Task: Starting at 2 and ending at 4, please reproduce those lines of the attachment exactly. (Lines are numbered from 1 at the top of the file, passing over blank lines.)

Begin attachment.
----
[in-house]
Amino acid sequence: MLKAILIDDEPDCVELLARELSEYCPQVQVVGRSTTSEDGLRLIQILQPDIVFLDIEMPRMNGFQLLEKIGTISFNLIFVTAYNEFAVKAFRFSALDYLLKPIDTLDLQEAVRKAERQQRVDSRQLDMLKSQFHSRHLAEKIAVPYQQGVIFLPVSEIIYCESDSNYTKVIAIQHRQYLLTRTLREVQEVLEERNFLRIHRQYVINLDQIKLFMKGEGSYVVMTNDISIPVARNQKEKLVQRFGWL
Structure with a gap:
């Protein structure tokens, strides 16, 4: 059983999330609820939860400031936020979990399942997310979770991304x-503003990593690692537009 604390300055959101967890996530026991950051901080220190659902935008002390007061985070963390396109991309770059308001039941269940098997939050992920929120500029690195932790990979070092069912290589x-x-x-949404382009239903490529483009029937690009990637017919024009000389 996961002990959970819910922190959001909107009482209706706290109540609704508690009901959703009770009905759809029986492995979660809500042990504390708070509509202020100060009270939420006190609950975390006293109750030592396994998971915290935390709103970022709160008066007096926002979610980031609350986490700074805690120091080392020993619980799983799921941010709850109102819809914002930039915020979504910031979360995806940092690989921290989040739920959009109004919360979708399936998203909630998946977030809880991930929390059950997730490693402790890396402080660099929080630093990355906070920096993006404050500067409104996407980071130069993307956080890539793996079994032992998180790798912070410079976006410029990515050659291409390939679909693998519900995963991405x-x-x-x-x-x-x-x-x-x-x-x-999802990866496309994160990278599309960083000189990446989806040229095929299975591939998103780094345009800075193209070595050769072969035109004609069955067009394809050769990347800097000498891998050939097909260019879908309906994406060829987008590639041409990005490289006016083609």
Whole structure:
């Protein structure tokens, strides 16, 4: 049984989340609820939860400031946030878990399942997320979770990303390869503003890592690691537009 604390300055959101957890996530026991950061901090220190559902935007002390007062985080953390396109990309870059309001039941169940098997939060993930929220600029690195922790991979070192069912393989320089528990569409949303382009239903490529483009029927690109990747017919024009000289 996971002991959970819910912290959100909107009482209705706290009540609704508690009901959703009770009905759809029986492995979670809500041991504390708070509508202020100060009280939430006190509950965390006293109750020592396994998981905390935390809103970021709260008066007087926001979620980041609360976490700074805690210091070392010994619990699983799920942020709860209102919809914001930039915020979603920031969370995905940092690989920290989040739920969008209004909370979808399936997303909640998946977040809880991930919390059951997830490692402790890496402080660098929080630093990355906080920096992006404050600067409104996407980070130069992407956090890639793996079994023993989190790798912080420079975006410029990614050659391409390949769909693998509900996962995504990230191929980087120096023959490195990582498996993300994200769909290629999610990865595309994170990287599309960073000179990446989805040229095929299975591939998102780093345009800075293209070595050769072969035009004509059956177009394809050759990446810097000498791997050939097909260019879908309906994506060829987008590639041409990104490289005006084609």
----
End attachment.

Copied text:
Amino acid sequence: MLKAILIDDEPDCVELLARELSEYCPQVQVVGRSTTSEDGLRLIQILQPDIVFLDIEMPRMNGFQLLEKIGTISFNLIFVTAYNEFAVKAFRFSALDYLLKPIDTLDLQEAVRKAERQQRVDSRQLDMLKSQFHSRHLAEKIAVPYQQGVIFLPVSEIIYCESDSNYTKVIAIQHRQYLLTRTLREVQEVLEERNFLRIHRQYVINLDQIKLFMKGEGSYVVMTNDISIPVARNQKEKLVQRFGWL
Structure with a gap:
């Protein structure tokens, strides 16, 4: 059983999330609820939860400031936020979990399942997310979770991304x-503003990593690692537009 604390300055959101967890996530026991950051901080220190659902935008002390007061985070963390396109991309770059308001039941269940098997939050992920929120500029690195932790990979070092069912290589x-x-x-949404382009239903490529483009029937690009990637017919024009000389 996961002990959970819910922190959001909107009482209706706290109540609704508690009901959703009770009905759809029986492995979660809500042990504390708070509509202020100060009270939420006190609950975390006293109750030592396994998971915290935390709103970022709160008066007096926002979610980031609350986490700074805690120091080392020993619980799983799921941010709850109102819809914002930039915020979504910031979360995806940092690989921290989040739920959009109004919360979708399936998203909630998946977030809880991930929390059950997730490693402790890396402080660099929080630093990355906070920096993006404050500067409104996407980071130069993307956080890539793996079994032992998180790798912070410079976006410029990515050659291409390939679909693998519900995963991405x-x-x-x-x-x-x-x-x-x-x-x-999802990866496309994160990278599309960083000189990446989806040229095929299975591939998103780094345009800075193209070595050769072969035109004609069955067009394809050769990347800097000498891998050939097909260019879908309906994406060829987008590639041409990005490289006016083609």